You can see from my panoramic photo above that the field across from our apartment has had significant construction since we first moved in, back in 2011. The field now contains not only the medical school, but an urgent care facility, events center, bank, a dialysis center, and now across the street by the elementary school is our new veteran's home. Currently under construction on this field is an 84-room hotel, which apparently they will be calling the Boulder Falls Inn.

It has been neat for us to watch the changes in this community. We have felt lucky to be here for four years and to meet so many wonderful friends here.

03 September 2014

Briefly Home


This post is somewhere in between a med school update and just a regular newsletter from me. Scott has been home for a couple weeks, which is amazing for his fourth year of medical school. So many of my fellow fourth year medical school wives are husbandless for months, and of course I will be too again soon. Scott was in Utah and California for much of July and August. He was able to schedule an audition rotation in Corvallis for four weeks as part of his search for the perfect residency. We are halfway through that time now, but I have LOVED having him home.

The weather has been uber hot here in Oregon. So Scott and I have tried to spend time outdoors when he's not at the hospital. This mostly means that I've watched him practice his swing at the driving range or throw a ball around with friends. Yesterday, though I convinced Scott that despite his months of rotations on the coast, that it was worth driving out there for lunch with me. We ate the most scrumptious rockfish and tuna at Local Ocean in Newport, Oregon. Totally worth the drive out there! We walked briefly around the boardwalk and sat in the sun before heading home.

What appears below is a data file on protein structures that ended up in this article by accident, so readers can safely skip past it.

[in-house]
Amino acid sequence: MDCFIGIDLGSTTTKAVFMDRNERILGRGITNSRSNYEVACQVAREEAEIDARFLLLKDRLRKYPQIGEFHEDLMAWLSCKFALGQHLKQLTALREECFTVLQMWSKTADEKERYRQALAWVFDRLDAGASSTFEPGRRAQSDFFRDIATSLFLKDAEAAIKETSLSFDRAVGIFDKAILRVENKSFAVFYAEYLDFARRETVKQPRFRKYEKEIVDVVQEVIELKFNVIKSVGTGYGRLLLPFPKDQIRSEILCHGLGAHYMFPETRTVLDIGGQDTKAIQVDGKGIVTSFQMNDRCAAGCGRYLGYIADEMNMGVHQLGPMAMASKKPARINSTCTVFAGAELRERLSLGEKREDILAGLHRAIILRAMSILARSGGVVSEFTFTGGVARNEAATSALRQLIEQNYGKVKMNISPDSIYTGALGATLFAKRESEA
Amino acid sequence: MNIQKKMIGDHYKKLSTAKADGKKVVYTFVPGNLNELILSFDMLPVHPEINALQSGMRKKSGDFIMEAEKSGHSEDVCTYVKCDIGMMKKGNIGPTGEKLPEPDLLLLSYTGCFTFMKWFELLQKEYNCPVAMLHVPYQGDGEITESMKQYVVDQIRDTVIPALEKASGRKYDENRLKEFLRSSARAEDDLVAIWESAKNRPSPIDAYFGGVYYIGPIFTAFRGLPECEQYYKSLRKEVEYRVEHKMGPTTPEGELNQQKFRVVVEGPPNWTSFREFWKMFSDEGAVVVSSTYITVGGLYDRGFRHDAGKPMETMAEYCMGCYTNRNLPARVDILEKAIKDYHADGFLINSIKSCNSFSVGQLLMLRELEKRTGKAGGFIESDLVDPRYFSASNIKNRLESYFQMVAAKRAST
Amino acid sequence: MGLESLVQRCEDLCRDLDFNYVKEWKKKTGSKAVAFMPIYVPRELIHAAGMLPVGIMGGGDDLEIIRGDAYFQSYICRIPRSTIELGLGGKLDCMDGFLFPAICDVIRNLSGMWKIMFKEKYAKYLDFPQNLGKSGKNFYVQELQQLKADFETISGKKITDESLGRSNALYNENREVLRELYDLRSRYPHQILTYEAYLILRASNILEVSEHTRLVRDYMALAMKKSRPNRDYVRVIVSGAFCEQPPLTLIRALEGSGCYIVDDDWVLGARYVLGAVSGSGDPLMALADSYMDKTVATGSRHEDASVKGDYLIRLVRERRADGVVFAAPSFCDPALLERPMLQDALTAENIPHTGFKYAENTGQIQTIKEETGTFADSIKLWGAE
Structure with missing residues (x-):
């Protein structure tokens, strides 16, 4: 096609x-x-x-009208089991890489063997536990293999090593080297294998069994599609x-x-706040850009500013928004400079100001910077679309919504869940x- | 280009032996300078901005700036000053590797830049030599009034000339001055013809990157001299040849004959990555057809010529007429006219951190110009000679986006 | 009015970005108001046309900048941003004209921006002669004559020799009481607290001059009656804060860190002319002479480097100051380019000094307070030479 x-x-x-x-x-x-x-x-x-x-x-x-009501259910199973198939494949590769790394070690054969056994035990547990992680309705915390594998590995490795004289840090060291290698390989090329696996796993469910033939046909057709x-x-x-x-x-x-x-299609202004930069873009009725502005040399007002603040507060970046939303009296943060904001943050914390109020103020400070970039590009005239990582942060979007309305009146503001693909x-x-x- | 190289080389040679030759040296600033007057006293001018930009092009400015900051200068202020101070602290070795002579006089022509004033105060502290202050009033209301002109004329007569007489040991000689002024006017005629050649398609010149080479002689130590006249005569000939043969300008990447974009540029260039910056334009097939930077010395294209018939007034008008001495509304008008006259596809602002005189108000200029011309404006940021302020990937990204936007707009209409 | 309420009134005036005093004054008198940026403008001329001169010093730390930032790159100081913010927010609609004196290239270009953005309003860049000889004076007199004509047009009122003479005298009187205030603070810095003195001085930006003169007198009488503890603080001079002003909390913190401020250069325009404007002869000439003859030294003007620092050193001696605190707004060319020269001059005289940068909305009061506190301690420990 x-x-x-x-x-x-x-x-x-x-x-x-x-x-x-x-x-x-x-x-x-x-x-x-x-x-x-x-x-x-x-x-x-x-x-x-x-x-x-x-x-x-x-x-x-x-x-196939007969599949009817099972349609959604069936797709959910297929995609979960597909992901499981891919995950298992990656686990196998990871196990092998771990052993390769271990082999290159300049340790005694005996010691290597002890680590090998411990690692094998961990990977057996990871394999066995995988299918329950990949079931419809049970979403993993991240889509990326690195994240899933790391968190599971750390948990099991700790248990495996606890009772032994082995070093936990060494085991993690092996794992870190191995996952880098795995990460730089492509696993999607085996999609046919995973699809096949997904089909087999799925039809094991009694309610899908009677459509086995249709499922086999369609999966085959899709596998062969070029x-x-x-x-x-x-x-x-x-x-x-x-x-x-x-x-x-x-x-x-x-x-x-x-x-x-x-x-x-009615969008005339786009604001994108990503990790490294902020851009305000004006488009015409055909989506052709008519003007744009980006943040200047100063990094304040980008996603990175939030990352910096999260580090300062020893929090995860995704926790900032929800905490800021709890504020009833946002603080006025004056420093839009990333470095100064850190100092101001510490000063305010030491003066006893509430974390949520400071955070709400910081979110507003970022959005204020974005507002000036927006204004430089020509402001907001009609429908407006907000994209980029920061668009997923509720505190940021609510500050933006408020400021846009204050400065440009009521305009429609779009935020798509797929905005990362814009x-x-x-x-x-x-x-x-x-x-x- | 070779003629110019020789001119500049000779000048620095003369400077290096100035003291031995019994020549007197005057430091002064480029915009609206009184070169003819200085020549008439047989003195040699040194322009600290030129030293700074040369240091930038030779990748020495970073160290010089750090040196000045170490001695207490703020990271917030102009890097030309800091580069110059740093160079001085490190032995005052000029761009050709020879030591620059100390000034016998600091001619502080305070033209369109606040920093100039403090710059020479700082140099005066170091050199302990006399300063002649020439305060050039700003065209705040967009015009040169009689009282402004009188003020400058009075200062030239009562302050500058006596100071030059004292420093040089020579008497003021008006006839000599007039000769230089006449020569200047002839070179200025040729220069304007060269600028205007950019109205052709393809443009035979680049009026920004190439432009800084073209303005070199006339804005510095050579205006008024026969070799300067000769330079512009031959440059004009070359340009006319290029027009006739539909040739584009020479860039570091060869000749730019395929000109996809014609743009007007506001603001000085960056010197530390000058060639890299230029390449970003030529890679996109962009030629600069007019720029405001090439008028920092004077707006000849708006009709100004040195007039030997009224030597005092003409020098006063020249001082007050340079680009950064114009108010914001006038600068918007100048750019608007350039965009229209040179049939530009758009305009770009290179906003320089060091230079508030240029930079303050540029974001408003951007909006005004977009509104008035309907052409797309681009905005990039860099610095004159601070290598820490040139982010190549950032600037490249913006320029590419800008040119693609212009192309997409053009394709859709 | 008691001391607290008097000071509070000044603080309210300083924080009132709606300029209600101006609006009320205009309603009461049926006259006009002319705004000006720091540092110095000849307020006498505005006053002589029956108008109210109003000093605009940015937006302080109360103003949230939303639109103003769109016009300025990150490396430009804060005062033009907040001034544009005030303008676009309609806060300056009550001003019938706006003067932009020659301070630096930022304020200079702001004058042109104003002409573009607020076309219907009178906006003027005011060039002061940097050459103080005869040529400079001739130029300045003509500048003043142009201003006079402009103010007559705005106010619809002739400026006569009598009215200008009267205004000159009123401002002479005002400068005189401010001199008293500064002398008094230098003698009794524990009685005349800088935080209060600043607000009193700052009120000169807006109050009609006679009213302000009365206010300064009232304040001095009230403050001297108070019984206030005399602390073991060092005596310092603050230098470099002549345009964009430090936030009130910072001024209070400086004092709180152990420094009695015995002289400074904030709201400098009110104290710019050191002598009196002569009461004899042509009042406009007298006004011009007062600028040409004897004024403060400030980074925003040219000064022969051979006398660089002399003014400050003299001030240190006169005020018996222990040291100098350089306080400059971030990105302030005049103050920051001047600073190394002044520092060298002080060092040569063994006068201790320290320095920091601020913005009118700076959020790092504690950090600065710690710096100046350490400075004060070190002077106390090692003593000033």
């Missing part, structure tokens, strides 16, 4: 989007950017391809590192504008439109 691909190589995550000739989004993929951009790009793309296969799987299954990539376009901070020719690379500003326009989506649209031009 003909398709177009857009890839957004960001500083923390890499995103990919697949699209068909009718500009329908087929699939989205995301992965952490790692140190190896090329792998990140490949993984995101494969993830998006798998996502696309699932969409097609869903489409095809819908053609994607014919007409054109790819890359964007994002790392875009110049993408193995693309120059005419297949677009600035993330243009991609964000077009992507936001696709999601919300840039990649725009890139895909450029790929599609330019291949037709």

I've also loved having Scott home because he has been treating my strictured Crohn's areas with some osteopathic manual treatment. The last time I was at the hospital, I was told that I had two areas that were narrow because of scar tissue. I have been taking some systemic digestive enzymes to try and break down the dead scar tissue internally. Then Scott has used myofascial release techniques to encourage movement as well. I have seen incredible results from this, and then a healthy diet makes me almost symptom free. Woot woot!

While Scott has been home we have talked about what he is looking for in a residency, and how we can help him develop a list of ten residency choices for his applications. We have a good list of 5-7 residencies so far, but it's tough to find ones that match the qualities he's looking for... plus we would love to stay west, if possible. Even though we have a list of possibilities, Scott will only get to visit two or three in the next few months. So it will be tough for us to rank these residencies for the match.

Applications are submitted this month. Then interviews this fall. Gearing up for more time apart and big decisions to be made.

21 July 2014

Med School Update: Clueless Fourth Years Seeking Advice

This was a common occurrence last year during rotations:

Physician, after asking a difficult anatomy question: What year are you?
Scott: Oh, I'm a third year.